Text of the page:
Reviews

White Ring Gate of Grief

When it was originally released back in late 2010, White Ring’s debut EP, ‘Black Earth That Made Me’, sold out almost instantly. A phantasmal, genre-warping release melding harsh electronics with shrouded vocals, it revealed Bryan Kurkimilis and Kendra Malia to be one of the finest exponents of the then burgeoning witch house scene. Seven years on, the pair’s long-awaited full-length debut gestures the unmistakable hallmarks of past time.

Having begun recording in 2011, ‘Gate of Grief’ is openly laced with the spectre of personal battles – not least the illness that led to Adina Viarengo being drafted in to assist Malia with vocals. This goes some way to explain why, from one song to the next, it veers between pure doldrums and exultant reprieve (Kukimillis has said, “There is a lot of tragedy in this album but there is also hope at the end of it.”) Highlights such as ‘Fields of Hate’ and ‘Amerika (Lord of the Flies)’ flicker into view like distant flares in some dark, unsettled sea. While the former simmers between synth-led ambience and trap-beat bliss, the latter is a real broody gem. Elsewhere, the aggression that has always underpinned White Ring’s craft peaks on lead single ‘Leprosy’, which doubles up as the first song written for the album.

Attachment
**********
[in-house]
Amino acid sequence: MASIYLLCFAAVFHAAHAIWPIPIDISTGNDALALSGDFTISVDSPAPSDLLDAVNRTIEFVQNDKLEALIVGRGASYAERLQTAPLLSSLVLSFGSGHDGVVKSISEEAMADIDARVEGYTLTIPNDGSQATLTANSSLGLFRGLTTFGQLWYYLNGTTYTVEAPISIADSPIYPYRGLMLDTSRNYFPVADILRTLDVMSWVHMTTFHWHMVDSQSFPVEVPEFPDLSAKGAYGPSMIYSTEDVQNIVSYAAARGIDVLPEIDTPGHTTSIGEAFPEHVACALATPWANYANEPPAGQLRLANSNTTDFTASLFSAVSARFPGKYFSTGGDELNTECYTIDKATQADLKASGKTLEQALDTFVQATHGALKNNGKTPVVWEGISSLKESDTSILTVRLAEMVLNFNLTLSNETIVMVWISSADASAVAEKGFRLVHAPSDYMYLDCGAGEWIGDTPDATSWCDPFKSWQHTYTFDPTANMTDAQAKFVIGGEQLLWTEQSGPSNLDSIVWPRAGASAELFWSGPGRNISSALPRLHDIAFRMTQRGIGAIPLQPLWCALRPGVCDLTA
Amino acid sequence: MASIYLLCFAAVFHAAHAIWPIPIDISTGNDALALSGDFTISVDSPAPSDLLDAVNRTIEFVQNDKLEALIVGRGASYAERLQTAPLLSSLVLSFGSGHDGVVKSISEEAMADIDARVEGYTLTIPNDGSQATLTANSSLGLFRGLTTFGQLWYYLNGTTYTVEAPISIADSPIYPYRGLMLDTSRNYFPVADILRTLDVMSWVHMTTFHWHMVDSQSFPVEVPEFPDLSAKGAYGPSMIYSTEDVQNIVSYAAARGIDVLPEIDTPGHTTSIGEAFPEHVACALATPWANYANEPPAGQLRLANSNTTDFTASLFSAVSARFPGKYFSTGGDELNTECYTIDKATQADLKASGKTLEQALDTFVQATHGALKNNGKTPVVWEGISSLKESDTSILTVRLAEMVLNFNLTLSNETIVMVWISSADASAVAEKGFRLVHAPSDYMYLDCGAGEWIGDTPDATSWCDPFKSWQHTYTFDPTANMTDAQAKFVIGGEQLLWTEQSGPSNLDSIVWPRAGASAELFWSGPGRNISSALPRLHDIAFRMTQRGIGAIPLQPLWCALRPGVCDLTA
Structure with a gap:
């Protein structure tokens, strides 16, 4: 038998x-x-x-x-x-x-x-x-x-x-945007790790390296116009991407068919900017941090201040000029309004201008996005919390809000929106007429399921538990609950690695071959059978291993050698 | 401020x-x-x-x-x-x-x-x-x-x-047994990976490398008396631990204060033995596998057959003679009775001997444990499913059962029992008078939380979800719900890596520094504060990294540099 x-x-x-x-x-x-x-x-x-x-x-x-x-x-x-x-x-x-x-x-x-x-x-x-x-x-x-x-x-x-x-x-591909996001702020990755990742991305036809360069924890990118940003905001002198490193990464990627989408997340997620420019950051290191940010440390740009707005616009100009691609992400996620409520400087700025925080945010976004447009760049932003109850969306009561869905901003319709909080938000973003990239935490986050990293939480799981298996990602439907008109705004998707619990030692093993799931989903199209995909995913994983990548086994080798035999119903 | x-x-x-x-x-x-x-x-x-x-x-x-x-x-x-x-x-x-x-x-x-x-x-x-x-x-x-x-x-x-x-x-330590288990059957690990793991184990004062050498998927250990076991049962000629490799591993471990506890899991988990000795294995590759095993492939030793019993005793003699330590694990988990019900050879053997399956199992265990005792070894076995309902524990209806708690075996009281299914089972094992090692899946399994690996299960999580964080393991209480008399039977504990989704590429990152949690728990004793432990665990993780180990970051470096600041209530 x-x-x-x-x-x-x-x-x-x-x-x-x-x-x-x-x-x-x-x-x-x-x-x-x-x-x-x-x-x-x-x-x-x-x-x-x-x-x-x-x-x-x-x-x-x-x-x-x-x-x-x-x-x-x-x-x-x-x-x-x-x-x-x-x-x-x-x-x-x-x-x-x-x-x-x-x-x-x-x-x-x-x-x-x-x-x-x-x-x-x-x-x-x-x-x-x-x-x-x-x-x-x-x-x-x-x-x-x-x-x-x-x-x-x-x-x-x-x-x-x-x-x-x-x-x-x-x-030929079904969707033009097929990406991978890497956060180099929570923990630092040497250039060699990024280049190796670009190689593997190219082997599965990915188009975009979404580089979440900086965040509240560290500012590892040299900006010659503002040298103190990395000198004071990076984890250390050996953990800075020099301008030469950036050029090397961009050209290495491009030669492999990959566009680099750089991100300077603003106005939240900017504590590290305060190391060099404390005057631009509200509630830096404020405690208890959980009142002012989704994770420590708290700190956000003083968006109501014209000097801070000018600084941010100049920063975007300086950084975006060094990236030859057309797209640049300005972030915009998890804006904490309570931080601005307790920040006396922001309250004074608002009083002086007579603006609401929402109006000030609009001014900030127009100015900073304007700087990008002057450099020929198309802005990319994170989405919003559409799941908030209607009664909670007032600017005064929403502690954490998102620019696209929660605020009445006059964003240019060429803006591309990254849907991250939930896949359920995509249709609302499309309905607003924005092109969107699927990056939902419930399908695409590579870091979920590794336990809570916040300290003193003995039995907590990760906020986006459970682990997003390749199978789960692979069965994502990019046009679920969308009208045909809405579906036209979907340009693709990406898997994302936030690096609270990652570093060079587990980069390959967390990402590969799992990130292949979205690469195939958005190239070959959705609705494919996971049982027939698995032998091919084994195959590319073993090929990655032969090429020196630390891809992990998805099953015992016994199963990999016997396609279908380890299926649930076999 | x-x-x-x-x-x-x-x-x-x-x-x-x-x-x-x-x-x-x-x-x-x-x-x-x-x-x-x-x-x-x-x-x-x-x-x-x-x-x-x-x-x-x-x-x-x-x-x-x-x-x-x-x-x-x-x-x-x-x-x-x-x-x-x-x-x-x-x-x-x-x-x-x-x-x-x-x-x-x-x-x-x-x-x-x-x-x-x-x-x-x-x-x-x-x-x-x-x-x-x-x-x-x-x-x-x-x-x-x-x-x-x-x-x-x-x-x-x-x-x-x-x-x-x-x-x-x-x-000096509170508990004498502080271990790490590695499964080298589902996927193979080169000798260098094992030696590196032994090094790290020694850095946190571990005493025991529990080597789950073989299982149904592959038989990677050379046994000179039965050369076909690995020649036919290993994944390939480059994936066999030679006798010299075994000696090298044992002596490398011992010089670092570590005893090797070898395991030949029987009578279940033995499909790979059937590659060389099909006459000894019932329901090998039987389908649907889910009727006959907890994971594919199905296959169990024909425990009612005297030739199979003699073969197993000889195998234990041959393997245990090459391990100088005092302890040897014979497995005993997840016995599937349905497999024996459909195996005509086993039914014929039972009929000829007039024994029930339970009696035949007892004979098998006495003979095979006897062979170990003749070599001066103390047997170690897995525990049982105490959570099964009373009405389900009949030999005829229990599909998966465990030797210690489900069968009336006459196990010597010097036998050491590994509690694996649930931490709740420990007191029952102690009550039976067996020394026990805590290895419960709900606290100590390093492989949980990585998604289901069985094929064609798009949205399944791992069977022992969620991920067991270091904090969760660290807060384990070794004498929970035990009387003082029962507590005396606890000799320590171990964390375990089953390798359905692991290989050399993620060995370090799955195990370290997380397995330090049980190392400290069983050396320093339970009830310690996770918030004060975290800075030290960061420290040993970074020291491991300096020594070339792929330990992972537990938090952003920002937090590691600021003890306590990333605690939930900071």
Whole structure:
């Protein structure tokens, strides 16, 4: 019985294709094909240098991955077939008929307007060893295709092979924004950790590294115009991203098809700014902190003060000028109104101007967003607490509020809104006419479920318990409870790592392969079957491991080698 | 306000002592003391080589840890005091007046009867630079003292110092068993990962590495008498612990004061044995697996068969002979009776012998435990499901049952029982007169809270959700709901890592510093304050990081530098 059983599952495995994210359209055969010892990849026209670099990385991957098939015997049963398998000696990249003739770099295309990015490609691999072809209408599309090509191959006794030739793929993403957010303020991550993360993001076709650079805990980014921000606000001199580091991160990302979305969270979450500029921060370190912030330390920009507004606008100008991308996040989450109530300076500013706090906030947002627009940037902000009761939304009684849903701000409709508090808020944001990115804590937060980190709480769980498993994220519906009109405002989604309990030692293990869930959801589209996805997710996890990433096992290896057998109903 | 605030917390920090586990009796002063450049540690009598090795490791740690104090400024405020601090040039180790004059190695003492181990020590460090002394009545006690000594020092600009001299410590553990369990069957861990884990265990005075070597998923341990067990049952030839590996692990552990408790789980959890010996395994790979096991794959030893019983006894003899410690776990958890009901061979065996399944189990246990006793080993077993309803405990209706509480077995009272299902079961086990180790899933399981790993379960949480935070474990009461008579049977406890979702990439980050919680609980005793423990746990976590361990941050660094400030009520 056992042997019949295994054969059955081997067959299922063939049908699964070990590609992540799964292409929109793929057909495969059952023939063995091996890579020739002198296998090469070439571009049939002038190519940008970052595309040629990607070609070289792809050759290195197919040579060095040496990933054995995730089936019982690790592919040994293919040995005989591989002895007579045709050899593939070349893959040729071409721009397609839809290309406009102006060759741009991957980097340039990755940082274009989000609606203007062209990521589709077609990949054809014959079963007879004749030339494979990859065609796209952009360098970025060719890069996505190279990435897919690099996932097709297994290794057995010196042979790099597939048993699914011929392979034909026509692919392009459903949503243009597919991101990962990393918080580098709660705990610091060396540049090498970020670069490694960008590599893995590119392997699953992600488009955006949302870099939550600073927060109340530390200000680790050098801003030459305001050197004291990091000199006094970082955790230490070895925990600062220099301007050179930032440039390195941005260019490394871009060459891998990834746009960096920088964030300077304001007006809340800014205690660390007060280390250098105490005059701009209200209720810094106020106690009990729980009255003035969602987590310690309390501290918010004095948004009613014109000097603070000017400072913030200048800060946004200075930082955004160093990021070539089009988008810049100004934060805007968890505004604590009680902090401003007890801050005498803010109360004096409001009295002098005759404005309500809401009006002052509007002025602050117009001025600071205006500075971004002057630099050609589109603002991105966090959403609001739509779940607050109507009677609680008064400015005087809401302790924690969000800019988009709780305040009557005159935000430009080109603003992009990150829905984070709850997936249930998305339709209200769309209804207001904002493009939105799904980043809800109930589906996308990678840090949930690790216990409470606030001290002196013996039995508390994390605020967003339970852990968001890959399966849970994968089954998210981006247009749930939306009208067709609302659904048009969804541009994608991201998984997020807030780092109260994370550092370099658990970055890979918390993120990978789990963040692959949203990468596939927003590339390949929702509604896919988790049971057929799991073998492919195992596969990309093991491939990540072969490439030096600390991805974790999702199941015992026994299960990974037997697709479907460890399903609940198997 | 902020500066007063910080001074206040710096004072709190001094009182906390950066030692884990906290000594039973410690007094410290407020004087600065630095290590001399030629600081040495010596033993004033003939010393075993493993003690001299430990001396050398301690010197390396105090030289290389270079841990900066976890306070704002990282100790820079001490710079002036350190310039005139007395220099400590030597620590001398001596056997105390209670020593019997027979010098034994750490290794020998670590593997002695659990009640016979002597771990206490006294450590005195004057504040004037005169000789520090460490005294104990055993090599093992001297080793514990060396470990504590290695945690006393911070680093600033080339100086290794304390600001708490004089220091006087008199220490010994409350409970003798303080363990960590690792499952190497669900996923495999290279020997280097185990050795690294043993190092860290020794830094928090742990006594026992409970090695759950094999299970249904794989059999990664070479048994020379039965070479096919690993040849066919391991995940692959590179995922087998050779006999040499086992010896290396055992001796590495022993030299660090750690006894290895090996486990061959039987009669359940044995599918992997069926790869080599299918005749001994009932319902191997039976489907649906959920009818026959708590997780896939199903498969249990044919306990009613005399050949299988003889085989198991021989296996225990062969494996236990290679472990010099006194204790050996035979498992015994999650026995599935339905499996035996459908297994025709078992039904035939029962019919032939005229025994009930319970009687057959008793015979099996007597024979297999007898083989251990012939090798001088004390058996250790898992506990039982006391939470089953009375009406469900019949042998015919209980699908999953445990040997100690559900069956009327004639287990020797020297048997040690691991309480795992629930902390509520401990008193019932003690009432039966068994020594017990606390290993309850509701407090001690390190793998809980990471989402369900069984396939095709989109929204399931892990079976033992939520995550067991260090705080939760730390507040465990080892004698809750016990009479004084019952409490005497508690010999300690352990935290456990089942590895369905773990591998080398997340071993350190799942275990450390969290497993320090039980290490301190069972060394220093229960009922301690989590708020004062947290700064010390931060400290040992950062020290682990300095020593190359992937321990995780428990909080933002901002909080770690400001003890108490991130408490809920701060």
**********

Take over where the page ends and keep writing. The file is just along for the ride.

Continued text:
But while the fixation with time serves it conceptually, the sonic disconnect that pervades the uneven and drawn-out ‘Gate of Grief’ can be traced back to the time it took for it to see the light of day. With it, one can’t help but feel that the crystallised explorations of loss on ‘Black Earth…’ were very much of their time.